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Review of Finance
, Volume Advance Article (4) – Jun 30, 2017

27 pages

/lp/ou_press/common-factors-information-and-holdings-dispersion-xSlFQ0HiHF

- Publisher
- Oxford University Press
- Copyright
- © The Authors 2017. Published by Oxford University Press on behalf of the European Finance Association. All rights reserved. For Permissions, please email: journals.permissions@oup.com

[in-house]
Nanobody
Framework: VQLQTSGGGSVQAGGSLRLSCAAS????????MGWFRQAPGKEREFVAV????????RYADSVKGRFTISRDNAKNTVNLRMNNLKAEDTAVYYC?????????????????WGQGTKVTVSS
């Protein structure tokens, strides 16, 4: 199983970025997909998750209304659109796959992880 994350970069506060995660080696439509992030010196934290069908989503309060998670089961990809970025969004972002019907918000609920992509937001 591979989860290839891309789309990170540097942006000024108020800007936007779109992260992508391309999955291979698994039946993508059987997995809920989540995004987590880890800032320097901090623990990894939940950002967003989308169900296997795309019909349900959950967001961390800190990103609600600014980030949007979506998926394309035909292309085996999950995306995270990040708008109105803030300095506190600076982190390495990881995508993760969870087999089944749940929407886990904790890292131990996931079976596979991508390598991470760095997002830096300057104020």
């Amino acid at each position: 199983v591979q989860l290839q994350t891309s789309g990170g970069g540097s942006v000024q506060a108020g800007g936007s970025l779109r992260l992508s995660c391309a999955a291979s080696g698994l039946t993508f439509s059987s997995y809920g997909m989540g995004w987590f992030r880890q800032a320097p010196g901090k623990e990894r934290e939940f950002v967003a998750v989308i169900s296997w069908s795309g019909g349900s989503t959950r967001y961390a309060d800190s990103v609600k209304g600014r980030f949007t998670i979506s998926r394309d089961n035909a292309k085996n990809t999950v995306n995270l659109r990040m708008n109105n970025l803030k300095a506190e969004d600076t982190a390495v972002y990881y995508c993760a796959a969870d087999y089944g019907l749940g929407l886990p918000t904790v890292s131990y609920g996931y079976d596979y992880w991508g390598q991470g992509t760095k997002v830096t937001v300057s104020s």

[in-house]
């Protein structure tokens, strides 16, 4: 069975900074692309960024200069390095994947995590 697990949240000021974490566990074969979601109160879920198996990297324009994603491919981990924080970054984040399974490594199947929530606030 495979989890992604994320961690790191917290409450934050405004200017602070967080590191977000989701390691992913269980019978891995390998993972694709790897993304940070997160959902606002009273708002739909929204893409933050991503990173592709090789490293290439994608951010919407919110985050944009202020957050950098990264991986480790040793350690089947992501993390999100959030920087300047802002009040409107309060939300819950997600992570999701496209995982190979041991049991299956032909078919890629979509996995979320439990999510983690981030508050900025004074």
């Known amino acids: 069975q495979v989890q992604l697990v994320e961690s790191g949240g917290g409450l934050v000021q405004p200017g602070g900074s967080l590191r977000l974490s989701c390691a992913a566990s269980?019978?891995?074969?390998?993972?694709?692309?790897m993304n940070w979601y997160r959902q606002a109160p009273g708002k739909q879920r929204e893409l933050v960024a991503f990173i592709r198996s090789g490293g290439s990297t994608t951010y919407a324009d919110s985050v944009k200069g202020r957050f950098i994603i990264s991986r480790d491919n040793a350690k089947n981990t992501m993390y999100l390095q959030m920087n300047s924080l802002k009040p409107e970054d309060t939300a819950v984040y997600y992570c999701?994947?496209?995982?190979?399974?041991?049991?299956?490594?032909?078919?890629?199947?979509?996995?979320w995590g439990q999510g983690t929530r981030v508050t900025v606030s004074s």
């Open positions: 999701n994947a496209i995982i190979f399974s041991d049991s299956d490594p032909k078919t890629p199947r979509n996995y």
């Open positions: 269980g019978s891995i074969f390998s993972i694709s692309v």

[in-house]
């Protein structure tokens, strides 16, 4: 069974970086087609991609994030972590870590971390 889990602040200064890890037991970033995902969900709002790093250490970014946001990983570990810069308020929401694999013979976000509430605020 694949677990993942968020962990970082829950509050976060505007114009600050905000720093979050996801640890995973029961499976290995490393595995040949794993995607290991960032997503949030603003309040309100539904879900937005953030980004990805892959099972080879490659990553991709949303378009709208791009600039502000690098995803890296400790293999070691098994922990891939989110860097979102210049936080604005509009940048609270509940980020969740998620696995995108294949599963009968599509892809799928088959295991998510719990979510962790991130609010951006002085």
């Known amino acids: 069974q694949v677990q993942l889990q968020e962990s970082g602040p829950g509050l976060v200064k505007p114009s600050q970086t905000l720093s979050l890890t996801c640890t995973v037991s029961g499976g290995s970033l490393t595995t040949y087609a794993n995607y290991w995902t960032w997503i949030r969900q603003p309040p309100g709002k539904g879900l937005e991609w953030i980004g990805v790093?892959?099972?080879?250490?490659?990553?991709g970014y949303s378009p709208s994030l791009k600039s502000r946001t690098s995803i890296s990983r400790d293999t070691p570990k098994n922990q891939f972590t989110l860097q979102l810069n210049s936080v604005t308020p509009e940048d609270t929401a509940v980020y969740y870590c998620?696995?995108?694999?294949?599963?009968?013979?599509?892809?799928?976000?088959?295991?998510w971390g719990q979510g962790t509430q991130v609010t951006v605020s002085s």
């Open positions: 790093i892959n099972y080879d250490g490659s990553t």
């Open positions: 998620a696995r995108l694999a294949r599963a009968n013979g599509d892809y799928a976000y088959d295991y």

- ISSN
- 1572-3097
- eISSN
- 1573-692X
- D.O.I.
- 10.1093/rof/rfx030
- Publisher site
- See Article on Publisher Site